Tiny, Carbon-Scrubbing Champ Under ...

Tiny, Carbon-Scrubbing Champ Under Attack

Phytoplankton remove and store half the world's carbon, but they're under attack from rising ocean temperatures and viruses. Continue reading ?
What Will Winter Hold for Drought-P...

What Will Winter Hold for Drought-Plagued California?

El Nino probably won't bring California drought-busting winter rains, but the news may not be all bad.
6 Pound Gold 'Butte Nugget' Goes on...

6 Pound Gold 'Butte Nugget' Goes on Auction Block

A 6 pound gold nugget found in California carries a $350,000 to $450,000 price tag.
Monster Mushrooms Could Hold Key to...

Monster Mushrooms Could Hold Key to New Meds

The massive Agarikon mushroom shows promise for treating diseases such as tuberculosis, cowpox, bird and swine flu.
What?s the Deal With Europe?s Clima...

What?s the Deal With Europe?s Climate Talks?

European leaders are set to make important decisions this week about the continent's energy future.
How a Liberian Rubber Plant Prevent...

How a Liberian Rubber Plant Prevented Ebola Spread

The rate of Ebola cases in a part of Liberia where one rubber tree plantation operates is far lower than in other parts of the country.

Yahoo Science

Easter Island's ancient inhabitants...

Easter Island's ancient inhabitants weren't so lonely after all

20070422-AMX-TRAVEL_WLT-EASTERISLAND_1_MBy Will Dunham WASHINGTON (Reuters) - They lived on a remote dot of land in the middle of the Pacific, 2,300 miles (3,700 km) west of South America and 1,100 miles (1,770 km) from the closest island, erecting huge stone figures that still stare enigmatically from the hillsides. But the ancient Polynesian people who populated Easter Island, or Rapa Nui, were not as isolated as long believed. ...

Fixing 'Ebolanomics' in pursuit of ...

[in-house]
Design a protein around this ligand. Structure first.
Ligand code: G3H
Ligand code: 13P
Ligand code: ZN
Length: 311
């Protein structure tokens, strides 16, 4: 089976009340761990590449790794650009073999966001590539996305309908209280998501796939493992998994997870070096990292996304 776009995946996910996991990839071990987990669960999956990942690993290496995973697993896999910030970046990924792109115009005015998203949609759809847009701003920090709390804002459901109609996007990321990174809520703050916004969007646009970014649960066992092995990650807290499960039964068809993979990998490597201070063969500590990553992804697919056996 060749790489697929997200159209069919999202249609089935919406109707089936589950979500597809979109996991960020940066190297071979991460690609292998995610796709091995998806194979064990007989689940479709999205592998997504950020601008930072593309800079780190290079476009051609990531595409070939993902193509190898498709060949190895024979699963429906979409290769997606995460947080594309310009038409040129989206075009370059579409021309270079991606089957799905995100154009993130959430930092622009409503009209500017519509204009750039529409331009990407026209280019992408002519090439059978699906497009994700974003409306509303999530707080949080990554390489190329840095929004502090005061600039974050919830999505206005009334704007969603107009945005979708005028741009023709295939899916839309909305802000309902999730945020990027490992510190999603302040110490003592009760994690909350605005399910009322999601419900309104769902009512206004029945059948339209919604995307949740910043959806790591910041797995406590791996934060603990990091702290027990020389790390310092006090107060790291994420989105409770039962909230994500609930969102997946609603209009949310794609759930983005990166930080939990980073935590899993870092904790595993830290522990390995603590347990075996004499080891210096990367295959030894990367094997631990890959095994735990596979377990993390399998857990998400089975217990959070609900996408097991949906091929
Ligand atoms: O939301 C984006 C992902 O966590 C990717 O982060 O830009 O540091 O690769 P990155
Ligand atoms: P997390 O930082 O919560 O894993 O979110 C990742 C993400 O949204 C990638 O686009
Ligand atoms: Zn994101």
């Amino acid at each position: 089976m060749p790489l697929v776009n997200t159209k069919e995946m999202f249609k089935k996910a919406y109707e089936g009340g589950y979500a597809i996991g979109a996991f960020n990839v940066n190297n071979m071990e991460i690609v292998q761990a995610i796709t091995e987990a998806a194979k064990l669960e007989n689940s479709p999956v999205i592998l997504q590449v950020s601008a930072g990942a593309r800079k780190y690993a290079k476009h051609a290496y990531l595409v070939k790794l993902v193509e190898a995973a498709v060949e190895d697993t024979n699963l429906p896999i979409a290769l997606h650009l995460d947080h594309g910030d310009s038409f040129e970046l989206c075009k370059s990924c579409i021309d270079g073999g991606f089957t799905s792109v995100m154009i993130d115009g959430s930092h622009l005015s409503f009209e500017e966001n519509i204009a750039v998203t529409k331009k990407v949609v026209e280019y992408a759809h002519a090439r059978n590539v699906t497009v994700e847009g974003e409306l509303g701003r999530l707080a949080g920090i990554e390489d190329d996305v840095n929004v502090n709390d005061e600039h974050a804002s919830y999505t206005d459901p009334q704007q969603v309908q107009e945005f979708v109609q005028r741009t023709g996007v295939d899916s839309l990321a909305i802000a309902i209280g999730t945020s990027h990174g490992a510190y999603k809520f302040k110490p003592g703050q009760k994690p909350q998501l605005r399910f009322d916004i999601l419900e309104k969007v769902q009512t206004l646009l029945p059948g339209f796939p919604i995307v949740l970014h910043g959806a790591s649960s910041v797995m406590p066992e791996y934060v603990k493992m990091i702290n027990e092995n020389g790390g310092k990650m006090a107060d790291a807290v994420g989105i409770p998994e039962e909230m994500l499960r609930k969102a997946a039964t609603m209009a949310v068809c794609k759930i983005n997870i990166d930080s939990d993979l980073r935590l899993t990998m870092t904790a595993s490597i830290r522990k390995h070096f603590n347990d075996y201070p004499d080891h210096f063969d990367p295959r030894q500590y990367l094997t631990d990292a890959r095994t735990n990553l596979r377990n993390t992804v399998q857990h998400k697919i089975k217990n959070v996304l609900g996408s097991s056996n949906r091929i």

Fixing 'Ebolanomics' in pursuit of vaccines and drugs

Scientists at the National Microbiology Lab in Winnipeg prepare an experimental Ebola vaccine for shipment to the World Health OrganizationBy Kate Kelland and Ben Hirschler LONDON (Reuters) - As researchers from Africa to China to America race to develop vaccines and treatments to fight Ebola, health experts are grappling with the economics of a disease that until this year had been off the drug industry's radar. Whether or not effective drugs come in time to turn around the world's worst epidemic of the virus ravaging three West African countries, the world will want stockpiles to protect against inevitable future outbreaks, experts say. ...

Old, cold and bold: Ice Age people ...

Old, cold and bold: Ice Age people dwelled high in Peru's Andes

Cunchaicha rock shelter in Peruvian AndesBy Will Dunham WASHINGTON (Reuters) - In a bleak, treeless landscape high in the southern Peruvian Andes, bands of intrepid Ice Age people hunkered down in rudimentary dwellings and withstood frigid weather, thin air and other hardships. Scientists on Thursday described the world's highest known Ice Age settlements, two archaeological sites about 2.8 miles (4.5 km) above sea level and about 12,000 years old packed with artifacts including a rock shelter, stone tools, animal bones, food remnants and primitive artwork. ...

French entrepreneurs launch test to...

French entrepreneurs launch test to detect pork in food

An illustration picture shows a kit to test for the presence of pork in food for use by Muslims at the company Capital Biotech offices in Asnieres sur SeineBy Lucien Libert ASNIERES France (Reuters) - Two French entrepreneurs have launched a portable device to test for the presence of pork in food for use by Muslims who abide by dietary laws. With France's five million Muslims making up about eight percent of the overall population, the test, similar in size to a pregnancy test, aims to help consumers detect traces of pork not just in food, but also in cosmetics or medicines. The kit comes with a small test tube in which a food sample is mixed with warm water. ...

The beast with the behemoth arms: A...

The beast with the behemoth arms: A dinosaur mystery is solved

Illustration of Deinocheirus mirificus the largest known member of a group of bird-like dinosaursBy Will Dunham WASHINGTON (Reuters) - In July 1965, two gigantic fossilized dinosaur arms replete with menacing claws were unearthed in the remote southern Gobi desert of Mongolia. Measuring 8 feet (2.4 meters), they were the longest arms of any known bipedal creature in Earth's history. But nearly everything else was missing, leaving experts baffled about the nature of this beast with the behemoth arms. Half a century later, the mystery has been solved. ...

Famed Physicist Stephen Hawking Joi...

Famed Physicist Stephen Hawking Joins Facebook